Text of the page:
Christian Molling, deputy director of the research institute of the German Council on Foreign Relations, says that Turkey has long been on Germany’s scrutiny list because of its use of German weapons, such as Leopard tanks, in internal security operations. or in ground warfare. in Syria, so Berlin is not wrong with the request.
Turkish President Recep Tayyip Erdogan visited Berlin on Friday, meeting with German Chancellor Olaf Scholz. Responding to a question from a journalist, Erdogan angrily said that no one could threaten Turkey with fighter jet sales and that Ankara could find other countries for such a supply.
The Turkish president did not upset the German public when he criticized the bombing of Gaza by Israel and the way he asked Germany to criticize the Israelis for creating a humanitarian disaster in the Palestinian enclave.
“Delivering things to Turkey is a long question mark,” Molling told MEE.
“[Erdogan] he himself made the situation extremely difficult, simply because of his policy lines on Hamas, not seeing them as a terrorist group but as freedom fighters, etc. spectrum.”
‘The Green Party within Scholz’s coalition is the one who is against any exports to Turkey’
– German source
Erdogan said later on Saturday that Scholz himself did not bring up the subject of the Eurofighter sale during the talks.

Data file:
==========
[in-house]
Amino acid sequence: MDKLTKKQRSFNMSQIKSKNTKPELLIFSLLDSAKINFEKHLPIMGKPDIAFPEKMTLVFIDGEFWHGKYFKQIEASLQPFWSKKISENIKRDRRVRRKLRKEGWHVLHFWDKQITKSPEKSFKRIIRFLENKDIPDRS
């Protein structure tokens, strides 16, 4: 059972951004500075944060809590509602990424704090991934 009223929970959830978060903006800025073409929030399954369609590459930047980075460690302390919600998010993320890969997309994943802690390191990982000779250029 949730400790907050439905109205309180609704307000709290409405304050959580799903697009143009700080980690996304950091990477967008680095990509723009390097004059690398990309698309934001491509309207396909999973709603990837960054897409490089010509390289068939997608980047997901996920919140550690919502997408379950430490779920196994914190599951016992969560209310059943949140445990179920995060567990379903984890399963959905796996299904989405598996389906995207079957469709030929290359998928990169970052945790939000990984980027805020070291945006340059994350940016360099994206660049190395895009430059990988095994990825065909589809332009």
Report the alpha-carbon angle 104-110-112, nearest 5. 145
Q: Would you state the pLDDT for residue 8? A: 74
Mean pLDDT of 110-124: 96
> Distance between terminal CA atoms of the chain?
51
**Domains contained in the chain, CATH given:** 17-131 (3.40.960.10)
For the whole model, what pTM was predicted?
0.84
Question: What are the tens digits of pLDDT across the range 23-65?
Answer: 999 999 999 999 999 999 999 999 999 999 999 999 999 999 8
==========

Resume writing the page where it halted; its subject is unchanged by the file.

Germany has previously blocked the sale of a similar Eurofighter jet to Saudi Arabia, angering British authorities. The local German producer Airbus and its workers’ union IG Metall demonstrated together last week in Manching, telling the German government that their opposition to large-scale procurement from non-European countries and the expiry of programs such as the Eurofighter.
Lights may go out at some Airbus factories if the company does not get more orders by 2030.
One German source, familiar with the German government’s thinking on the sale, told MEE that Airbus must already be lobbying the chancellor to push through the deal.
“The Green Party within Scholz’s coalition is the one against any export to Turkey, the chancellor and Scholz are pragmatic,” said the source.
The source said that if the deal were to be stopped, it would eventually collapse the Bundessicherheitsrat (Federal Security Council), which includes Green heavyweights such as Vice Chancellor Robert Habeck and Foreign Minister Annalena Baerbock, who are likely to they against him.
“But Germany can never again risk competitors around the world selling their products as ‘German-free’ as the French do,” the source said.
European partners, such as Italy, Spain and the UK, may choose to produce weapons without German industrial output in the future.
“It would be a big prospect, also taking into account the statements of Scholz and Defense Minister Boris Pistorius [the] defense industrial base in Europe,” the source said, referring to the chancellor’s Zeitenwende speech after Russia’s invasion of Ukraine, which suggested Germany must spend €100bn to modernize its military.
“And what is the European industrial base if not Airbus?”